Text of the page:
Ray Hadley loves many things. He loves the sound of his own voice. He loves advertorials. He loves attention, rugby league, talking and influencing politicians. He also loves ferals.
The Sydney radio host protected feral animals recently with a rant opposing the official culling of feral horses in Kosciuszko National Park, in the alpine region of NSW.
During the rant, Hadley said:
“This is just disgraceful.
“…the National Parks and Wildlife Service is responsible for the deaths of those 11 brumbies…shot dead by people with high-powered rifles…and I’ve got these dreadful photos in front of me…”
“…there couldn’t be one lunatic, there’d have to be a group of lunatics, 3 or 4 shooters in the middle of the national park shooting these poor horses.”
If Hadley was a journalist, and not a mere shock jock, he would know to avoid strong adjectives in reporting a story. The rant subsequently influenced politicians. It also saved many other feral animals in NSW – not just horses.
According to the Invasive Species Council:
“…in response to allegations aired by a shock-jock on Sydney radio, the NSW environment minister announced a ban on all shooting operations in Kosciuszko National Park. The ban was supposed to only last two weeks. Five weeks later, it was still in place. We then discovered the ban had also quietly been applied to every national park in NSW.
That meant the NSW National Parks and Wildlife Service weren’t allowed to conduct scheduled pest shooting programs to control surging numbers of feral pigs, feral deer, feral goats and feral horses across all of the state’s national parks.
The move could jeopardise nature, jeopardise farmlands and jeopardise livelihoods…” and the ban on culling is an example of “…discarding science, the environment and agricultural industries in the process.”
Thus, Hadley protected hundreds of destructive feral animals all over the state. The same feral animals destroying our native flora and fauna.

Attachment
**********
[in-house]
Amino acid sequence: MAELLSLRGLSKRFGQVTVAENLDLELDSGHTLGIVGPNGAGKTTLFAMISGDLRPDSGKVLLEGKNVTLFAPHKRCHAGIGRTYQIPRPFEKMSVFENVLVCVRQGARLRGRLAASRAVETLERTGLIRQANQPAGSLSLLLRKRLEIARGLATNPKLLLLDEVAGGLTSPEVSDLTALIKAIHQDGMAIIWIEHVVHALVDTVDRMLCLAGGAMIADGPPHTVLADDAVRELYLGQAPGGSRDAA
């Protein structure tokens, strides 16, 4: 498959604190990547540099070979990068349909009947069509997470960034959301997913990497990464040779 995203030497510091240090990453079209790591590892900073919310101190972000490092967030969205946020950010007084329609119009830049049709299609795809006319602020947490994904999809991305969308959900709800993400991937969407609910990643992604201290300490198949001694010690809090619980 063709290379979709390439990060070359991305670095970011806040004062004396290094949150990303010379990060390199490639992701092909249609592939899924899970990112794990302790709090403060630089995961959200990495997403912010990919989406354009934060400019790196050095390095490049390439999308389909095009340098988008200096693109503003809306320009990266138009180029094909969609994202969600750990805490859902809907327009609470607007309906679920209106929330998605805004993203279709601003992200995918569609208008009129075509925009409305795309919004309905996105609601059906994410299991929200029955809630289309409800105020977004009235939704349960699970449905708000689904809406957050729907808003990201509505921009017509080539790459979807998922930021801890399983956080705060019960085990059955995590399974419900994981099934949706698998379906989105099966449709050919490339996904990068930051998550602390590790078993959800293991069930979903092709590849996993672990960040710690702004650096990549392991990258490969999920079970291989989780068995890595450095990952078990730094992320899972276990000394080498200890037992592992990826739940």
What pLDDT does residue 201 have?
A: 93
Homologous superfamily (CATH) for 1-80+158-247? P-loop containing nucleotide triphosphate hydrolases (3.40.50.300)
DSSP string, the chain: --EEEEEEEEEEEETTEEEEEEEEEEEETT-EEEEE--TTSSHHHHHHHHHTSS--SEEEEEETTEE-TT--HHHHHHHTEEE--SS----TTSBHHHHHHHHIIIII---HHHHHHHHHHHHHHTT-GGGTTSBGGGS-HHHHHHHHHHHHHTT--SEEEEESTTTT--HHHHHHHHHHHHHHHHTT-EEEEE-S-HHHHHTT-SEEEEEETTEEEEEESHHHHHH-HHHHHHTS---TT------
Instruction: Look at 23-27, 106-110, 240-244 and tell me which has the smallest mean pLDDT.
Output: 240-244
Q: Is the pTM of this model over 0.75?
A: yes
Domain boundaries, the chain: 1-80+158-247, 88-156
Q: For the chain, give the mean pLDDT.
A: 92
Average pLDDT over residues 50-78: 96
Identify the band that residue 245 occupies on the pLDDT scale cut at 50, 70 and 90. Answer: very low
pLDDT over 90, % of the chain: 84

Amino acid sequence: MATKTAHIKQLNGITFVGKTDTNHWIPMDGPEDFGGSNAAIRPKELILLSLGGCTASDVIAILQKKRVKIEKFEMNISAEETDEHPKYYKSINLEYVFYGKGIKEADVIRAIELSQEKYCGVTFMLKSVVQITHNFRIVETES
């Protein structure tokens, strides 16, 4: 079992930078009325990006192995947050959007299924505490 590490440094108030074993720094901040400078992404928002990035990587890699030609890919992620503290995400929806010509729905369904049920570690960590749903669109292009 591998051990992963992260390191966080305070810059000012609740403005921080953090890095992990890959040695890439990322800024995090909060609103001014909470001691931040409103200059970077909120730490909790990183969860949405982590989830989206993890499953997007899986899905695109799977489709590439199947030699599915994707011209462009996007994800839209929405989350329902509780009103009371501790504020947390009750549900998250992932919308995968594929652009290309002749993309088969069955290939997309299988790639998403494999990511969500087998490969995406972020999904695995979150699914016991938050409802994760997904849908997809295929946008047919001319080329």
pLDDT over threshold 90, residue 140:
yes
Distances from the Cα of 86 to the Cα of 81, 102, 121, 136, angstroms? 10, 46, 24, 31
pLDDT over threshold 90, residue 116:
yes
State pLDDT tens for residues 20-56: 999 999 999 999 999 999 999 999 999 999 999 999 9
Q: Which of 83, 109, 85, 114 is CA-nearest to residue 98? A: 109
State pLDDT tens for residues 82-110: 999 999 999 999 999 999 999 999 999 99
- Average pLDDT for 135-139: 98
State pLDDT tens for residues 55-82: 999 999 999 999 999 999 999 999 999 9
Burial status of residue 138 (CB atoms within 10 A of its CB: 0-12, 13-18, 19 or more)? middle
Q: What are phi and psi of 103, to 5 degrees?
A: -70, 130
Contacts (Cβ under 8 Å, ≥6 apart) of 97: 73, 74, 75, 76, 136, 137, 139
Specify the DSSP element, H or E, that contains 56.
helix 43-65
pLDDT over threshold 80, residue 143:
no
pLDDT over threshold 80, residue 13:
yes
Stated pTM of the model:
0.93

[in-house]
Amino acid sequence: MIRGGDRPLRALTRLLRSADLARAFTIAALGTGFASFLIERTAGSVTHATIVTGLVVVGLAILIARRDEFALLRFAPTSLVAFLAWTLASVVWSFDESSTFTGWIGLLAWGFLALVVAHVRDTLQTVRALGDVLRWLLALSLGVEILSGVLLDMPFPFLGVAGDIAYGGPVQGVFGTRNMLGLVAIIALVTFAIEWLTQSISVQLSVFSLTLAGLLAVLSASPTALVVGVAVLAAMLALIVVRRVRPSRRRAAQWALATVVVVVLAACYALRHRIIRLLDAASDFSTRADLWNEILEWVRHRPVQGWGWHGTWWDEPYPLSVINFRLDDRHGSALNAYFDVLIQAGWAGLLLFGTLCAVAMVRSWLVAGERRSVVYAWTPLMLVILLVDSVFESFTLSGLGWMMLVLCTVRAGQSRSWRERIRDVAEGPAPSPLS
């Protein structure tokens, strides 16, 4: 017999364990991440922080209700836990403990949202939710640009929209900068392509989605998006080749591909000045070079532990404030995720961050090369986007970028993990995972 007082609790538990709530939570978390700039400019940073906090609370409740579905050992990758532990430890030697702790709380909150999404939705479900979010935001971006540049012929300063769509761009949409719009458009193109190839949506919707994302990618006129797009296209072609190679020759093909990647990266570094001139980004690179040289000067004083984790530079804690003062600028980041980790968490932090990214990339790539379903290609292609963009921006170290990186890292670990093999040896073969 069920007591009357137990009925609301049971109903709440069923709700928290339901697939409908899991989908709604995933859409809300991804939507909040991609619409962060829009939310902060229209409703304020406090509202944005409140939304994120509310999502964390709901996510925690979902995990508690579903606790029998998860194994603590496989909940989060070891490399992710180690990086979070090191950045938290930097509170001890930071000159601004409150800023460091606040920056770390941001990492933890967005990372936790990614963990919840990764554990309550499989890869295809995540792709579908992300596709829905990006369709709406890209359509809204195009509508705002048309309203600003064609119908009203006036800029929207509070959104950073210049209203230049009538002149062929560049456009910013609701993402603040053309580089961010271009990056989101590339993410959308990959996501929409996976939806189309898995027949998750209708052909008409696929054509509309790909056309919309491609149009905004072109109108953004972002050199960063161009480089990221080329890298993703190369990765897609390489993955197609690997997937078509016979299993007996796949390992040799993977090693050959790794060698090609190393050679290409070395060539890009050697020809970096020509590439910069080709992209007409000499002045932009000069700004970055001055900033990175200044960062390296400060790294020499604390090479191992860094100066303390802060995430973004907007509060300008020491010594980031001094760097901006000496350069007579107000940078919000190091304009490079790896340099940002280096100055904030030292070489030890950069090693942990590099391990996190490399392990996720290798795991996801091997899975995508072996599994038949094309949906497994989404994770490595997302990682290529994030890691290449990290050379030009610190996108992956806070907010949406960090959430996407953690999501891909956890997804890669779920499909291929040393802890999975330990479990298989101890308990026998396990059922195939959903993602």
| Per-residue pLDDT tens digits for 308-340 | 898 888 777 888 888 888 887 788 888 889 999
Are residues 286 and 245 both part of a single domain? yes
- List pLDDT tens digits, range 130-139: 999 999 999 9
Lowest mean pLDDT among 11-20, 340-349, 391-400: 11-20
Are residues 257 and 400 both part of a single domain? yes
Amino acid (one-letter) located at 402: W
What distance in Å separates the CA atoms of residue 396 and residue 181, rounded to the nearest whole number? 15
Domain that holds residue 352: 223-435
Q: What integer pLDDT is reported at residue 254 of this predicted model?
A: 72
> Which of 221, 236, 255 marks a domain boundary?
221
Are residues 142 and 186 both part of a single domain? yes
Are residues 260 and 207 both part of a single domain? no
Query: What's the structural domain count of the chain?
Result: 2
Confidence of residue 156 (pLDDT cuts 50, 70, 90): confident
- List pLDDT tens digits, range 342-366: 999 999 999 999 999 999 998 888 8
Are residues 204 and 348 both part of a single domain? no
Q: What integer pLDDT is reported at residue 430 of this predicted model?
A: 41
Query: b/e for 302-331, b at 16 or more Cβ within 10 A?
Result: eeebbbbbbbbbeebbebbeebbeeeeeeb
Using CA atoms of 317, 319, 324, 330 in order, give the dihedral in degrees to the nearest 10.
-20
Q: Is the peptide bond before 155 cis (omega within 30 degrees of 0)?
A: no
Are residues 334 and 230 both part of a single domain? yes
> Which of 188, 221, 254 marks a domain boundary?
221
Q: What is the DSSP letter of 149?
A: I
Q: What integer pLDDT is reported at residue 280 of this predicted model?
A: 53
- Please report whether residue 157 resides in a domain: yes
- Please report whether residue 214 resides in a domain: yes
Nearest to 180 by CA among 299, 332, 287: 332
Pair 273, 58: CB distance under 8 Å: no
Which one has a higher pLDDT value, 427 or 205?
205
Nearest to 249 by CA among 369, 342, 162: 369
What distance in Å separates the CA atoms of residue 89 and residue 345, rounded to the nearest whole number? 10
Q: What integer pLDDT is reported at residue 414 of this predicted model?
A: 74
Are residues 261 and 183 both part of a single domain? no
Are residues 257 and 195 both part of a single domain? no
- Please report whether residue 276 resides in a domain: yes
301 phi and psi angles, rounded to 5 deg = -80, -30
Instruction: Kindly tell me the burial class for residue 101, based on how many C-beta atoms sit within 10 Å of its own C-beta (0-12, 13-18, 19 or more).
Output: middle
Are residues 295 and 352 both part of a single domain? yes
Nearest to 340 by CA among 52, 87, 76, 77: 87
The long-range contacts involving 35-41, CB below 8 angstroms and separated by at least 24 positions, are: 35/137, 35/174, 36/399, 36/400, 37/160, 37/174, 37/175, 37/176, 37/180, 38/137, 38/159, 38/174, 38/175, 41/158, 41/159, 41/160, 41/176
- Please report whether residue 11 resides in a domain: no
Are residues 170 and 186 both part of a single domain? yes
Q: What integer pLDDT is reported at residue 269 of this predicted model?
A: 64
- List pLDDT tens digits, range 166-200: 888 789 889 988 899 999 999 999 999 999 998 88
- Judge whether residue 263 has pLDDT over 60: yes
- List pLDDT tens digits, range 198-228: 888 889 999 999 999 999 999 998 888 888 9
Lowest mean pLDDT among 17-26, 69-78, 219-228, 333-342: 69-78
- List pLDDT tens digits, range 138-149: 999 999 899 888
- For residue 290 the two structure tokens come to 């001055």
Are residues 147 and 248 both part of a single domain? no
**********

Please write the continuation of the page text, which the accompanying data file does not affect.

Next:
Hadley ranted for a few minutes longer, as is his wont, before taking a call from Peter Cochran. Cochran is:
- The Former Member for Monaro
- A former member of the National Party
- A current member of Pauline Hanson’s One Nation
- The owner of a business running horse riding tours in the Snowy Mountains, whose clients want to see feral horses running free during a tour.
- A former soldier, who eagerly reminds Hadley’s listeners that he served in Vietnam. He likens the shooting of the feral horses to a military ambush.
Hadley decided Cochran was a reliable commentator for this story. During his own rant, Cochran tells Hadley:
“This is the most UnAustralian thing I’ve seen in my lifetime”
He’s clearly forgetting the time members of his own party offered to ‘sell’ Australia to the National Rifle Association in the USA. He also forgot that the feral horses, and the other feral animals that he and Hadley protected, are destroying Aussie flora and fauna.
Cochran didn’t stop there.
He also claimed that 60,000 odd Australians died in battle for a free country…and implied that those soldiers all died in order to protect feral animals.
Cochran and Hadley then blasted the police, the National Parks and Wildlife Service, and at one point, even the Rural Fire Serivce – the volunteers who protect Aussies from bushfires every summer.
The pair condemned the ground shooting, and argue for rehoming of the feral horses.
However, as the Invasive Species Council explains:
“The aerial culling of feral horses in Kosciuszko National Park is not permitted under the management plan. And, while an important component of feral horse management, rehoming and fertility control have proven ineffective at reducing the population at a higher rate than the population itself grows by each year.”
“As difficult as it can be to confront, that leaves humane ground shooting as the essential approach to achieving the population reductions set out in the management plan. Without professional ground shooting, we will not be able to protect Kosciuszko and the surrounding alpine and subalpine regions.”
Hadley naively romanticises the feral horses and call them Brumbies. He is likely to invoke Banjo Patterson’s poem The Man Form Snowy River, or Elyne Mitchell’s books The Silver Brumby, to justify the protection of feral horses in delicate alpine regions. He is not alone.
He is likely to ignore the destruction to Australia’s ecology and native wildlife wrought by feral horses. His comments prove that:
Ray Hadley loves ferals more than he loves the northern corroboree frog
Ray Hadley loves ferals more than he loves the southern corroboree frog
Ray Hadley loves ferals more than he loves the Guthega skink
Ray Hadley loves ferals more than he loves wombats
Ray Hadley loves ferals more than he loves wallabies
Ray Hadley loves ferals more than he loves anemone buttercups
Ray Hadley loves ferals more than he loves the golden daisy
Ray Hadley loves ferals more than he loves the alpine she-oak skink
Ray Hadley loves ferals more than he loves the alpine spiny crayfish
Ray Hadley loves ferals more than he loves the mountain pygmy possum, and many other native species.
He sure loves ferals.